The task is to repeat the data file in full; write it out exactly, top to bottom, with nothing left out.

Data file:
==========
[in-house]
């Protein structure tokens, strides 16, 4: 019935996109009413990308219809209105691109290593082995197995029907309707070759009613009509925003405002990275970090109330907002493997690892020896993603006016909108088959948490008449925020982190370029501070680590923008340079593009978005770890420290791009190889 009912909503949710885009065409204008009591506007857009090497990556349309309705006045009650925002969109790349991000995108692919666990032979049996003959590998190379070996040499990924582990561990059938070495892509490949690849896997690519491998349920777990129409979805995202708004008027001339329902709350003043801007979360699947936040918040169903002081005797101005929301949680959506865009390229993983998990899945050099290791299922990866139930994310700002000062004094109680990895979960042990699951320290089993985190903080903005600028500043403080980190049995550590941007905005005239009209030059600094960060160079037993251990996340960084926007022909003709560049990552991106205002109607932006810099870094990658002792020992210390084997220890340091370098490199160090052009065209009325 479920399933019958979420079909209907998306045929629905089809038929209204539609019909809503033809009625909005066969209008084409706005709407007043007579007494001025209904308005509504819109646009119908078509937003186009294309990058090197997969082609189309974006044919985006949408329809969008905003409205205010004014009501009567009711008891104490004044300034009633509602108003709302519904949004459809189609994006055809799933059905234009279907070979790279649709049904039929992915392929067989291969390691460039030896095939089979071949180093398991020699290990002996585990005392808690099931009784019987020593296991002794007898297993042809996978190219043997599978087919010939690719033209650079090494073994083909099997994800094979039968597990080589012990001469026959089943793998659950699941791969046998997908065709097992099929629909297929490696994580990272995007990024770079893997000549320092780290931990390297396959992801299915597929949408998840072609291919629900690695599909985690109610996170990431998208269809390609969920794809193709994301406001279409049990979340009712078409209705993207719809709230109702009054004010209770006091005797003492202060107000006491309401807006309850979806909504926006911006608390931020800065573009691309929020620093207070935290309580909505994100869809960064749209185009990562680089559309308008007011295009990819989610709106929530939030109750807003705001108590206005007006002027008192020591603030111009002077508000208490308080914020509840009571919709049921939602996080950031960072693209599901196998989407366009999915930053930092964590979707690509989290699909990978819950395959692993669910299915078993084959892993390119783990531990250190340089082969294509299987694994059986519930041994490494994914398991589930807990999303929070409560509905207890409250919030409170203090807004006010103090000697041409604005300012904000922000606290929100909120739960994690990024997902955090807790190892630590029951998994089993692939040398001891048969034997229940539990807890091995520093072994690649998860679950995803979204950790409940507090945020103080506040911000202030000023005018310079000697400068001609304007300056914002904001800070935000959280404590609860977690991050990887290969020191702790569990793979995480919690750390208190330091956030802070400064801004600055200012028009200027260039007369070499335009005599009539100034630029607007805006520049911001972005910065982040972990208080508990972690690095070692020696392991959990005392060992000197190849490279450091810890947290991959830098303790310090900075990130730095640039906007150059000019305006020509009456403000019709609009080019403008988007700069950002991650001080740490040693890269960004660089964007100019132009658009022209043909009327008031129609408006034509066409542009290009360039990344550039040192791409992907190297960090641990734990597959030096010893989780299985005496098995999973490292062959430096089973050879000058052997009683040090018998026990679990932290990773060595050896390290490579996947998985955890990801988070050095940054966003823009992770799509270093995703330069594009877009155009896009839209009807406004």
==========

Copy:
[in-house]
């Protein structure tokens, strides 16, 4: 019935996109009413990308219809209105691109290593082995197995029907309707070759009613009509925003405002990275970090109330907002493997690892020896993603006016909108088959948490008449925020982190370029501070680590923008340079593009978005770890420290791009190889 009912909503949710885009065409204008009591506007857009090497990556349309309705006045009650925002969109790349991000995108692919666990032979049996003959590998190379070996040499990924582990561990059938070495892509490949690849896997690519491998349920777990129409979805995202708004008027001339329902709350003043801007979360699947936040918040169903002081005797101005929301949680959506865009390229993983998990899945050099290791299922990866139930994310700002000062004094109680990895979960042990699951320290089993985190903080903005600028500043403080980190049995550590941007905005005239009209030059600094960060160079037993251990996340960084926007022909003709560049990552991106205002109607932006810099870094990658002792020992210390084997220890340091370098490199160090052009065209009325 479920399933019958979420079909209907998306045929629905089809038929209204539609019909809503033809009625909005066969209008084409706005709407007043007579007494001025209904308005509504819109646009119908078509937003186009294309990058090197997969082609189309974006044919985006949408329809969008905003409205205010004014009501009567009711008891104490004044300034009633509602108003709302519904949004459809189609994006055809799933059905234009279907070979790279649709049904039929992915392929067989291969390691460039030896095939089979071949180093398991020699290990002996585990005392808690099931009784019987020593296991002794007898297993042809996978190219043997599978087919010939690719033209650079090494073994083909099997994800094979039968597990080589012990001469026959089943793998659950699941791969046998997908065709097992099929629909297929490696994580990272995007990024770079893997000549320092780290931990390297396959992801299915597929949408998840072609291919629900690695599909985690109610996170990431998208269809390609969920794809193709994301406001279409049990979340009712078409209705993207719809709230109702009054004010209770006091005797003492202060107000006491309401807006309850979806909504926006911006608390931020800065573009691309929020620093207070935290309580909505994100869809960064749209185009990562680089559309308008007011295009990819989610709106929530939030109750807003705001108590206005007006002027008192020591603030111009002077508000208490308080914020509840009571919709049921939602996080950031960072693209599901196998989407366009999915930053930092964590979707690509989290699909990978819950395959692993669910299915078993084959892993390119783990531990250190340089082969294509299987694994059986519930041994490494994914398991589930807990999303929070409560509905207890409250919030409170203090807004006010103090000697041409604005300012904000922000606290929100909120739960994690990024997902955090807790190892630590029951998994089993692939040398001891048969034997229940539990807890091995520093072994690649998860679950995803979204950790409940507090945020103080506040911000202030000023005018310079000697400068001609304007300056914002904001800070935000959280404590609860977690991050990887290969020191702790569990793979995480919690750390208190330091956030802070400064801004600055200012028009200027260039007369070499335009005599009539100034630029607007805006520049911001972005910065982040972990208080508990972690690095070692020696392991959990005392060992000197190849490279450091810890947290991959830098303790310090900075990130730095640039906007150059000019305006020509009456403000019709609009080019403008988007700069950002991650001080740490040693890269960004660089964007100019132009658009022209043909009327008031129609408006034509066409542009290009360039990344550039040192791409992907190297960090641990734990597959030096010893989780299985005496098995999973490292062959430096089973050879000058052997009683040090018998026990679990932290990773060595050896390290490579996947998985955890990801988070050095940054966003823009992770799509270093995703330069594009877009155009896009839209009807406004």